JSON Web Token (JWT) is a URL-secure method of representing claims to be transferred between two parties. The claims in a JWT are encoded as a JSON object that is used as the payload of a JSON Web Signature (JWS), or as a JSON web encryption (JWE) structure in plain text. This enables the claims to be digitally signed and integrity protected with a message authentication code (MAC). Because the token is signed, you can trust the information and its source. MuleSoft API management has a JWT token validation policy that can valid any standard JWT token. In our use case, we have used Amazon connect as the authorization service. However, the steps should be similar for any standard JWT authorization service.

The JWT Validation policy validates the signature of the token and asserts the values of the claims of all incoming requests by using a JWT with JWS format. The policy does not validate JWT that uses JWE. (Reference: docs.mulesoft.com).

Introduction

This document will give you a very high level idea of the MuleSoft JWT Validation Policy, primarily how it works. We tried to hide some technical complexity to make general people understanding the steps instead of focusing on correctness technically.

How JWT works

Given that we are using an authorization service (e.g. Amazon Cognito) and we need to authorize the access before consuming a MuleSoft API. The consumer first provides its identity and asks for a valid token from authorization service, usually through a token endpoint.

MuleSoft API can be secured JWT token validation policy. When consumer consumes the MuleSoft API with a valid JWT token, the JWT policy intercept the request and validate it before forwarding the request to the MuleSoft API implementation. It also validate the signature of the token with the help of the public key provided by the authorization service. Here are the usual steps of token validation process.

High-Level Diagram


How to configure the JWT Validation Policy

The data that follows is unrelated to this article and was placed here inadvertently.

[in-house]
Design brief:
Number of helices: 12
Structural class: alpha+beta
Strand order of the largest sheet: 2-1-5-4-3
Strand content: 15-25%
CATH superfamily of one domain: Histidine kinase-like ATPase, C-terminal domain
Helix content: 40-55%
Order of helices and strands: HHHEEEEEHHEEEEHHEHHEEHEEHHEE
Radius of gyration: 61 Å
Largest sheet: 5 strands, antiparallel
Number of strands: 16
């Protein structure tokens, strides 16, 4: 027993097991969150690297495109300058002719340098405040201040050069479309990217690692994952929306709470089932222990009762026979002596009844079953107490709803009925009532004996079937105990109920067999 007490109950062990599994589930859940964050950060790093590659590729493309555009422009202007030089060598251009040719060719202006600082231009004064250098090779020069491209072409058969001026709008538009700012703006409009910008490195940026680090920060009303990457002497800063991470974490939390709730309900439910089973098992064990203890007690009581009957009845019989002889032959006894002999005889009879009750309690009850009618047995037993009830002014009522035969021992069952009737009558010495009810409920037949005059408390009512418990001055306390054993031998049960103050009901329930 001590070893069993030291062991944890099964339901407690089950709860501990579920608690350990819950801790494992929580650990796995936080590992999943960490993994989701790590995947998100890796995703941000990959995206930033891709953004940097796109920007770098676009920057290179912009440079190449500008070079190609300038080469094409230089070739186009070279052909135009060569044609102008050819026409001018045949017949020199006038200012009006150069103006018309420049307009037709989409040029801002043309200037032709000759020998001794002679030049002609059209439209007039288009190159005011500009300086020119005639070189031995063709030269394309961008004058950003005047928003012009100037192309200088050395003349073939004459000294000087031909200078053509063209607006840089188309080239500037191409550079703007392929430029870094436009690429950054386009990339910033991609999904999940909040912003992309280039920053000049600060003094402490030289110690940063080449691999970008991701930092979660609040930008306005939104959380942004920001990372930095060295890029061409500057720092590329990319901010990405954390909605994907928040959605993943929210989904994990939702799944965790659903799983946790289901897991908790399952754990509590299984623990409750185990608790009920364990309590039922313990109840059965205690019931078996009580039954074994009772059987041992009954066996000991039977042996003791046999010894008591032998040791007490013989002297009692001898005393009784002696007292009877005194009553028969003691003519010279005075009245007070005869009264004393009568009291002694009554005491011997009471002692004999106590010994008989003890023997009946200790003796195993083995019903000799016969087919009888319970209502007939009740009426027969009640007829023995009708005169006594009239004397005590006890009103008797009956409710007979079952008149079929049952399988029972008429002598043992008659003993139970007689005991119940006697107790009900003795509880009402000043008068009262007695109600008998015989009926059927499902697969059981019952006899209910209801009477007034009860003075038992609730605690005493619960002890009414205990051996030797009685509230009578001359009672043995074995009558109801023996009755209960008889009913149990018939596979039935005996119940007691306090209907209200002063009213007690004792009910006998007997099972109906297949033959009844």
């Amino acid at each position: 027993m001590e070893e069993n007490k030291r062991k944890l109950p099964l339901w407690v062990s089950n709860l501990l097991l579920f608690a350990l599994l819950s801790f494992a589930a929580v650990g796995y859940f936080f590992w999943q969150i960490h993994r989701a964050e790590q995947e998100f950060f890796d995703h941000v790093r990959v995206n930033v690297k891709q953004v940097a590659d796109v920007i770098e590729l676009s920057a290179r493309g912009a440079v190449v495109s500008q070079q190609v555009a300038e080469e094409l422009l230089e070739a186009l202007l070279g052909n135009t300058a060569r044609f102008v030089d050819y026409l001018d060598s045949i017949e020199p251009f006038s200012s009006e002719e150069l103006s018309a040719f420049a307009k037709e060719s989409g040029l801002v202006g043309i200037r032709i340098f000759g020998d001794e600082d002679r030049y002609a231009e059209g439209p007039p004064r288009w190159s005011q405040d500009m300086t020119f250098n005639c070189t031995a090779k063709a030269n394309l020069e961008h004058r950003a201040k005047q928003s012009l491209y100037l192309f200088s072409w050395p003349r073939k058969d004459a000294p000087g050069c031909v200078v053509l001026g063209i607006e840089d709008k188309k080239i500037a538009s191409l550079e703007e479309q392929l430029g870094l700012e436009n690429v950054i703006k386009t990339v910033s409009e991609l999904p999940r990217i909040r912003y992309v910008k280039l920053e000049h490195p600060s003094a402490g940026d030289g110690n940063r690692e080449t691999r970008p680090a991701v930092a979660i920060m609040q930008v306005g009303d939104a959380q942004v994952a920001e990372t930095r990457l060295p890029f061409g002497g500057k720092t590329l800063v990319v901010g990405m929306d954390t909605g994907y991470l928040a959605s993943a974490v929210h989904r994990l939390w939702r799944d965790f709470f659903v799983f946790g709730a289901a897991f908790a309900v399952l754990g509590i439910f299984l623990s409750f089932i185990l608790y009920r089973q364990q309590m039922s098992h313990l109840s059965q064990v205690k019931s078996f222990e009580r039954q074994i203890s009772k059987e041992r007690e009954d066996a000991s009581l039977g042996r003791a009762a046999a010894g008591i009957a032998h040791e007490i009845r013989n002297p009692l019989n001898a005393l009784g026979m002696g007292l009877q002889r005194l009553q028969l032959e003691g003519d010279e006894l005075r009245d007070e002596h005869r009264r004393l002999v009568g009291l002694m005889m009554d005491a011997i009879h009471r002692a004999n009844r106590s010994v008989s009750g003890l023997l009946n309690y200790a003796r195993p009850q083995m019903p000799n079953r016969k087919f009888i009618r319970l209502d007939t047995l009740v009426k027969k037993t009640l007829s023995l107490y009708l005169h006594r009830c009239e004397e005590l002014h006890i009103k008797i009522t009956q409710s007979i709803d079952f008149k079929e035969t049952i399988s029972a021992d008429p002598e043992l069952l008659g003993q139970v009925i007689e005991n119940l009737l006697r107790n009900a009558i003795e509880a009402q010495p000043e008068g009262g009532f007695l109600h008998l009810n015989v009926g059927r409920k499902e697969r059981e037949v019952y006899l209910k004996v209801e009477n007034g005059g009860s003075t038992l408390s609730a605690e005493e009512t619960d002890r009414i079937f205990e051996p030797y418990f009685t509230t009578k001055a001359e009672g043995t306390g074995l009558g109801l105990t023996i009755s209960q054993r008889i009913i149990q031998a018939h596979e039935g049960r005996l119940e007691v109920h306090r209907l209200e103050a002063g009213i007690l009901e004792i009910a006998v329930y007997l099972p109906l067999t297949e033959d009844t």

a) JWT origin

Select the Origin of the JWT. You can keep the default selection “HTTP Bearer Authentication Header”. This one is commonly used and standard.

Or you can select the “Custom Expression”. In this case, you need to define the Mule Expression.

b) JWT Signing Method

It’s basically about the cryptography algorithm. You need to select an algorithm for decoding the JWT. The default selection is “RSA”.

c) JWT Signing Key Length

Specify the length of the key.

d) JWT Key origin

Provide the JWKS server if you select the “JWKS” which will contain the public key in order to signature validation.

Or you can provide the public key to validate the signature by selecting “Text”.

e) JWKS Caching TTL (minutes)

Enter the validation duration of JWKS in minutes.

f) JWKS Service connection timeout (milliseconds)

Set timeout for reaching to JWKS service.

g) Skip Client Id Validation

Select and configure these if you need them.

But, this is the default setting. Skip the Client Id validation even it’s available in the API contract

h) Validate Custom Claim

You can define the Custom Claim. There are two types of Custom claims- Mandatory and Non Mandatory.

i) Method & Resource conditions

By default, you can apply to all API methods and resources.

But, it can be configured to specific methods and resources.

Detailed Diagram

This diagram will give you more insight into how the entire process works.

  1. Get a token: The client will send a request to the Token Generator Server with the Username and Password.
  2. Generate a token: The Token Generator Server will generate the token using the Private key and the Username. Token = Primary key + Username. Then return it to the client.
  3. JWKS (Public key storage): A Public key will be stored here which will be used to decode the token and find out the Username.
  4. Signature validation: The client will call any API with the token. Before going to the actual API, the Policy will verify the token and will find out the Username. Username = Token + Public Key
  5. API Operation: Once the verification is done, the request will be forwarded to the actual API implementation.

To recap, we have seen how JWT works, how we can configure it and what the detailed overview looks like. Check in for more integration related content.

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